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This article describes the manual configuration and setup of the Linux kernel. For an automatic method see the genkernel article.

Set symlink

The symlink /usr/src/linux should always point to the kernel sources that is currently being used. This can be done in one of three ways:

1. Installing the kernel sources with active symlink USE flag
This will make the /usr/src/linux point to your newly installed kernel sources. If necessary, it can still be modified later with the following two methods:
2. Setting the symlink with eselect
root # eselect kernel list
Available kernel symlink targets:
  [1] linux-3.3.8-gentoo *
  [2] linux-3.4.9-gentoo
This outputs the available kernel sources. The asterisk indicates the chosen sources. To change the kernel sources, e.g. to the second entry, do:
root # eselect kernel set 2
3. Setting the symlink manually
root # ln -sf /usr/src/linux-3.4.9-gentoo /usr/src/linux
root #
ls -l /usr/src/linux
lrwxrwxrwx 1 root root 11 Aug 29 22:10 /usr/src/linux -> /usr/src/linux-3.4.9-gentoo

Configuration tools

The kernel offers several tools to configure itself:

make config
Text based configuration. The options are prompted one after another. All options need to be answered, and out-of-order access to former options is not possible.
make menuconfig
Graphical menu (only text input). You can navigate through the menu and change the options you want.
make nconfig
Graphical menu based on ncurses. Requires sys-libs/ncurses to be installed.
make xconfig
Graphical menu using Qt4. Requires dev-qt/qtgui to be installed.
make gconfig
Graphical menu using GTK+. Requires x11-libs/gtk+, dev-libs/glib and gnome-base/libglade to be installed.
make oldconfig
Review changes between kernel versions and update to create new .config for kernel.

There are also several scripts to create miscellaneous default configurations. See:

root # make help


This article describes the configuration using make menuconfig, but the procedure is similar for the other menus.

root # cd /usr/src/linux
root #
make menuconfig


In the shown menu the blue bar indicates your position. With the arrow keys up and down you can change the position. The arrow keys left and right traverse the menu bar in the bottom and define what happens when you hit the Enter key. Select switches to a sub menu - the menu entries ending with ---> - , while Exit exits a sub menu. As an alternative you can also hit the Esc key twice.

Menu entries, which start with brackets, are drivers or features which can be activated:

[ ], [*]
Options in square brackets can be activated or deactivated. The asterisk marks the menu entry as activated. You change the value with the space key or press Y (Yes) to activate or N (No) to deactivate the entry.
If the option is activated, the chosen driver will be built into the kernel and will always be available at boot time.
< >, <M>, <*>
Options in angle brackets can be activated or deactivated, but also activated as module (indicated by a M). You change the value as before and press key M for activate as module.
See the Kernel Modules article for differentiation.
{M}, {*}
Options in curly brackets can be activated or activated as module but not be deactivated, because another driver needs this activated in either way.
-M-, -*-
Options between hyphens are activated in the shown way by another driver. There is no choice.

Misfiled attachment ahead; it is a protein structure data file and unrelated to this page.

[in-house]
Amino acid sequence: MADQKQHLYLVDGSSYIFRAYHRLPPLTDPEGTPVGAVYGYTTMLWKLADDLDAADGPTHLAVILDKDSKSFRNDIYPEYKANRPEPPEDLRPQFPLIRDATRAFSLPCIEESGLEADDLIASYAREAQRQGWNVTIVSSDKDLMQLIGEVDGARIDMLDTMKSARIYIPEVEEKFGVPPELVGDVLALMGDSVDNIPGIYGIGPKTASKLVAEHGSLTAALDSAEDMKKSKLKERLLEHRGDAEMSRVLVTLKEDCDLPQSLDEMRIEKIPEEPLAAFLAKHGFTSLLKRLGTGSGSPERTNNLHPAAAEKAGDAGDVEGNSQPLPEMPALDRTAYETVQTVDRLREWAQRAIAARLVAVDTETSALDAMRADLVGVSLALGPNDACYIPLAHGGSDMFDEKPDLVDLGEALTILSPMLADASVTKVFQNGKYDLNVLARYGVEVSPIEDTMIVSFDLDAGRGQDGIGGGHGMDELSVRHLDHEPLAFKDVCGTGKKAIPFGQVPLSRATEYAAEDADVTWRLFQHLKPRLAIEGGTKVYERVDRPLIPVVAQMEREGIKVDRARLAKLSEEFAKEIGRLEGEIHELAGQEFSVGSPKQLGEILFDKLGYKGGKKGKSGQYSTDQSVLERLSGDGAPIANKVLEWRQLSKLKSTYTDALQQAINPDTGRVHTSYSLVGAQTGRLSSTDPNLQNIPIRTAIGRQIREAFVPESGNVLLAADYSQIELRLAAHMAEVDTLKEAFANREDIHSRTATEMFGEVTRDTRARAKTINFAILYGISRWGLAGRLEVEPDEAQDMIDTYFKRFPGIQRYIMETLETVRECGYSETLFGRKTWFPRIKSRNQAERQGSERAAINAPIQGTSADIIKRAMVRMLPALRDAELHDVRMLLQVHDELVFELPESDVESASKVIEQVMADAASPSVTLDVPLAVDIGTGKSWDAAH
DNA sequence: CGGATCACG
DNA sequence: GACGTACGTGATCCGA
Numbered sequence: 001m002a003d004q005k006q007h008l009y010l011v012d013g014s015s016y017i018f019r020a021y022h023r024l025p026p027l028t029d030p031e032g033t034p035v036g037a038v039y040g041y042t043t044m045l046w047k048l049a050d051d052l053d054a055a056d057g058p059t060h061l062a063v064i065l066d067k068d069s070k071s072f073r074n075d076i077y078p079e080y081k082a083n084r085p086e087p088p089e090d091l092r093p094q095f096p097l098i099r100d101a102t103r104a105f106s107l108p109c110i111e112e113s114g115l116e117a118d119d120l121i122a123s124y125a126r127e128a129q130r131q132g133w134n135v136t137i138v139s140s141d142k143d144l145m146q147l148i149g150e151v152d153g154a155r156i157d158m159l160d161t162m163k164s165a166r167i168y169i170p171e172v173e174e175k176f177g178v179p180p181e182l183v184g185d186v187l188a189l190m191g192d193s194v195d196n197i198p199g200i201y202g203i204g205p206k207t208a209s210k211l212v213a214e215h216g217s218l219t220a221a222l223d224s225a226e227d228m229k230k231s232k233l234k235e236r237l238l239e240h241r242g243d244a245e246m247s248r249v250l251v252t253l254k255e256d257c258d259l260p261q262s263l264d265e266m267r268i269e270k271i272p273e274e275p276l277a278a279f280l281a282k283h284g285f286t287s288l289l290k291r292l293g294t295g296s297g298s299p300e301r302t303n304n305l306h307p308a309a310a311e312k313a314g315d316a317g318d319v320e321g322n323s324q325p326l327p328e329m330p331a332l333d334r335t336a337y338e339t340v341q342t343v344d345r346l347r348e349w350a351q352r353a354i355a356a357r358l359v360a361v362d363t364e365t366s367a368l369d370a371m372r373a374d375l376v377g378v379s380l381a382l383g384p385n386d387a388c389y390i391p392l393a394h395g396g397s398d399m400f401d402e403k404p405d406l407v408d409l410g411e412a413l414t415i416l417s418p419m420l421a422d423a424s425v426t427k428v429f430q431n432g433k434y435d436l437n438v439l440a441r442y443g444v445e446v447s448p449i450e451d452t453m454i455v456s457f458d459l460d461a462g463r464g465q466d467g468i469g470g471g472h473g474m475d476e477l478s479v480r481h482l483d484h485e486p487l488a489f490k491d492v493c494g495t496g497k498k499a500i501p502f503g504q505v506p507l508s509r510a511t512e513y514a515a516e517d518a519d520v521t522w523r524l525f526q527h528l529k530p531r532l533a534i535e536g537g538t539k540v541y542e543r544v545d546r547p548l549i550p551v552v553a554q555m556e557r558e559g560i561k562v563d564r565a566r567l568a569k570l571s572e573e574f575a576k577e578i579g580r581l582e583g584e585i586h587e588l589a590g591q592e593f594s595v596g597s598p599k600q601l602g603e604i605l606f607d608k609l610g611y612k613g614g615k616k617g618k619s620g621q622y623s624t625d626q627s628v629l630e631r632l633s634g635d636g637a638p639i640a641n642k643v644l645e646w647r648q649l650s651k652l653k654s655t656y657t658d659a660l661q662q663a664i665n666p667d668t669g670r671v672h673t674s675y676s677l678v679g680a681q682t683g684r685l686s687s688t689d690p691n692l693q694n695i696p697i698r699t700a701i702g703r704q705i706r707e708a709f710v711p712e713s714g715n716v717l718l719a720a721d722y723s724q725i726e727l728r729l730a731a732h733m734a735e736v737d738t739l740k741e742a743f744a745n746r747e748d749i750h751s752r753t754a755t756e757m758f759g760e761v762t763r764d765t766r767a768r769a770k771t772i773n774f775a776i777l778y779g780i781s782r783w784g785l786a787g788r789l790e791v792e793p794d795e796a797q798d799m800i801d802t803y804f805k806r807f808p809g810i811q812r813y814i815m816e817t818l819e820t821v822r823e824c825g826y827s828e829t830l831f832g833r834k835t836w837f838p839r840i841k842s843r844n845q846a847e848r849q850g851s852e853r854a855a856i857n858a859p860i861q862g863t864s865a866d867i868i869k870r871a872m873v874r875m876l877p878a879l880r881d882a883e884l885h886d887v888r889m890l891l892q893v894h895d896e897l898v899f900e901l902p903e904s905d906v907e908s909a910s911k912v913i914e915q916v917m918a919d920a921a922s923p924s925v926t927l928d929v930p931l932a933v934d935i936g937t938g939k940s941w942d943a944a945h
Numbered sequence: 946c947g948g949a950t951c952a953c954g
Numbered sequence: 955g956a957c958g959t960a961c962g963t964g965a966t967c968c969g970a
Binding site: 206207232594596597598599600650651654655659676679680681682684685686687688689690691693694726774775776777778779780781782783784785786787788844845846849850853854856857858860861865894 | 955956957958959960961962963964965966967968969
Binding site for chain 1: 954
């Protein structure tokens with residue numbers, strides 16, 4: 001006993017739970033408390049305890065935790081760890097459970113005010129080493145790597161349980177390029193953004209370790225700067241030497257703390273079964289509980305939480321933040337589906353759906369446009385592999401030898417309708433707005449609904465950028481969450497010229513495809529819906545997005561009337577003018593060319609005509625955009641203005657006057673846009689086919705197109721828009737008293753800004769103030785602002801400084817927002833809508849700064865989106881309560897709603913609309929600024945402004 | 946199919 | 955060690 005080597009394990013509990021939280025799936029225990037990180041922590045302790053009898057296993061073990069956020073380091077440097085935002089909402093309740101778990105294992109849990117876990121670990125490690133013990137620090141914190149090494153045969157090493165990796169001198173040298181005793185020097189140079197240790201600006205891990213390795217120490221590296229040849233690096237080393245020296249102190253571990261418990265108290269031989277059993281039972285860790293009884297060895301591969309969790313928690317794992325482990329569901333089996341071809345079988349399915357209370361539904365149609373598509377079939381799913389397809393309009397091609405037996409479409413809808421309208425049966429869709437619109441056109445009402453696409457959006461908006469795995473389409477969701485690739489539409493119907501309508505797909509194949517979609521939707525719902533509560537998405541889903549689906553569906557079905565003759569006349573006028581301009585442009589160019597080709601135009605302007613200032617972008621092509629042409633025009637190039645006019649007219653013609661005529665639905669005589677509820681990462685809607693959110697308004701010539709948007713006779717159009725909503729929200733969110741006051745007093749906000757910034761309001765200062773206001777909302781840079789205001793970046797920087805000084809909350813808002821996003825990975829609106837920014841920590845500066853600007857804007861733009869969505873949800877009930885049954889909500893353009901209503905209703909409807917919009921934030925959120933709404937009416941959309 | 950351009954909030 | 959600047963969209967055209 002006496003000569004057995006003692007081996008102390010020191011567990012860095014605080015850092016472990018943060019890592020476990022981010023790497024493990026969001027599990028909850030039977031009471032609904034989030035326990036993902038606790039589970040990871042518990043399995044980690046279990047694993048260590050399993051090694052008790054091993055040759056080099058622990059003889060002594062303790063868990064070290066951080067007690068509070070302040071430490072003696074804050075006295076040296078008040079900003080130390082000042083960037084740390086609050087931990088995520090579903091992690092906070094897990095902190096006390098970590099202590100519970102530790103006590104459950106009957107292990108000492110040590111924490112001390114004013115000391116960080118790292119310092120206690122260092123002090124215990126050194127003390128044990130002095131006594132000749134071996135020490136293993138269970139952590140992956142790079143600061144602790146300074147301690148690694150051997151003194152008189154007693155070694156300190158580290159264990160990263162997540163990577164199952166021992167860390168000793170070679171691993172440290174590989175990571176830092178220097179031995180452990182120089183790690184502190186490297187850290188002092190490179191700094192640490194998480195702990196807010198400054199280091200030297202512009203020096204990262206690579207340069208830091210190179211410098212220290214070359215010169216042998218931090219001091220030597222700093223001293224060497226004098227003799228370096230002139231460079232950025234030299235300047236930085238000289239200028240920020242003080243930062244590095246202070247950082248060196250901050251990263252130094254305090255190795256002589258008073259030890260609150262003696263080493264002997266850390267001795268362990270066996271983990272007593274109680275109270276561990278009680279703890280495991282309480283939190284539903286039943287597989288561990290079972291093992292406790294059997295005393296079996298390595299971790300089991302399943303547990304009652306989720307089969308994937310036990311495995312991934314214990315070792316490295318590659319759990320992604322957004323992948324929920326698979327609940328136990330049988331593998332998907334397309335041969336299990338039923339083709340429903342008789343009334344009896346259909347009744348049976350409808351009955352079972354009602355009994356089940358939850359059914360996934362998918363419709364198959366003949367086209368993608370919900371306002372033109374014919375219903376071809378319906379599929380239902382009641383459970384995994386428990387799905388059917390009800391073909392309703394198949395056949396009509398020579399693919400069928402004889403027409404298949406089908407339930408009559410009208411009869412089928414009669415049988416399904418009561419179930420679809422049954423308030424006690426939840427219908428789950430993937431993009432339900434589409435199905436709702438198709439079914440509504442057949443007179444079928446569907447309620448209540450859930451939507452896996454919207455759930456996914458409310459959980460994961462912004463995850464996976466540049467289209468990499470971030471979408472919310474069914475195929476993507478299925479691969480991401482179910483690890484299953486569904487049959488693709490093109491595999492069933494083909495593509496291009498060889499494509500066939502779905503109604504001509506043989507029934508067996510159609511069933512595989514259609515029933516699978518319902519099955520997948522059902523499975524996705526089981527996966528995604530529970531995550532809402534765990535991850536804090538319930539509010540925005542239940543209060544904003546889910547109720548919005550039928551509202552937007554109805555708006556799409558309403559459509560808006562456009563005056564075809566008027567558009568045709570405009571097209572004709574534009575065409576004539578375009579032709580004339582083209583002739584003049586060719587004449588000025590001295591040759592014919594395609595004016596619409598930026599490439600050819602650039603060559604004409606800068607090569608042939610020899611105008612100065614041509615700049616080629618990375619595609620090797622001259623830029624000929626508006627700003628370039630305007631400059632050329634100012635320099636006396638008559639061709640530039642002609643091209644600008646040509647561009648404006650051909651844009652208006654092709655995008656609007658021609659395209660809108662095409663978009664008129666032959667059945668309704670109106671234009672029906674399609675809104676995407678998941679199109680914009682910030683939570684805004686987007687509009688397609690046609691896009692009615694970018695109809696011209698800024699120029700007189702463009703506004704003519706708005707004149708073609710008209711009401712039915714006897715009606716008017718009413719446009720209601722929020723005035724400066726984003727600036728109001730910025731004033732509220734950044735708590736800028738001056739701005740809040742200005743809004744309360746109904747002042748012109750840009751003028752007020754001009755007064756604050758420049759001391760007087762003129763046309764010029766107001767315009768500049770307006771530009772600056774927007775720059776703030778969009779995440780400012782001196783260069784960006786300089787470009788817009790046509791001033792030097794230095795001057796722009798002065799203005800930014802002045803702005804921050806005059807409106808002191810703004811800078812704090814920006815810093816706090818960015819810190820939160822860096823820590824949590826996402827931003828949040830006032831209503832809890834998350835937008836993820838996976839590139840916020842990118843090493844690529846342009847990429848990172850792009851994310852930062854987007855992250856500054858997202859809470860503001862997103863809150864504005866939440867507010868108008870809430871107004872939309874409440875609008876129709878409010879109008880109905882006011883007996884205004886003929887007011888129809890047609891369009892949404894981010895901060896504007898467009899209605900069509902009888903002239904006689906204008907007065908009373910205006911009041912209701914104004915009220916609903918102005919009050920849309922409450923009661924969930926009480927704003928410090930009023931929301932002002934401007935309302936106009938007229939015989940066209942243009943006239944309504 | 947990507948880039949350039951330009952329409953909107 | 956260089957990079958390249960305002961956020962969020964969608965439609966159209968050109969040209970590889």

Furthermore some menu entries have a tag at the end:

This driver is new in the kernel and is maybe not stable enough.
This driver is experimental and most likely not stable enough.
This driver is deprecated and not needed for most systems.
This driver is obsolete and should not be activated.

Most options have a description, which get by pressing the H key or choose in the menu bar Help.

Driver selection

See the hardware detection article and the articles in the Hardware category.

Search modules

Within menuconfig, you can use / to search modules by name.

Enabling Gentoo Linux common settings

There is a kernel configuration option called CONFIG_GENTOO_LINUX only present in sys-kernel/gentoo-sources and other Kernel Project maintained kernels. It does nothing on its own, but sets various required configuration options for typical installations.

This setting automatically selects tmpfs and devtmpfs support, which are needed for handling /dev on Gentoo Linux, but might be expanded in the future to enable other mandatory settings for a Gentoo Linux system. For more information, read the help information available through the kernel configuration system as described earlier in this guide.


After configuring the kernel you have to compile it:

root # make

If you have a processor with multiple cores, you can let all the cores do the work. For this add the parameter -j(NUMBER_CORES +1). For a dual core processor:

root # make -j3


If activated drivers as modules, you have to install them:

root # make modules_install

The modules will be copied to a sub directory of /lib/modules.

To install the actual kernel:

root # make install

This command executes /sbin/installkernel, which is part of the sys-apps/debianutils package. The new kernel is installed into /boot/vmlinuz-{version}. If a symbolic link /boot/vmlinuz already exists, it is refreshed by making a link from /boot/vmlinuz to the new kernel, and the previously installed kernel is available as /boot/vmlinuz.old. (installkernel man page). The same for config and files. These symlinks are handy, because they point always to the newest kernel without changing the file path (e.g. you can use them in the bootloader configuration).


Change your bootloader configuration to pick up at boot the new kernel.

Finally restart your system with the new kernel.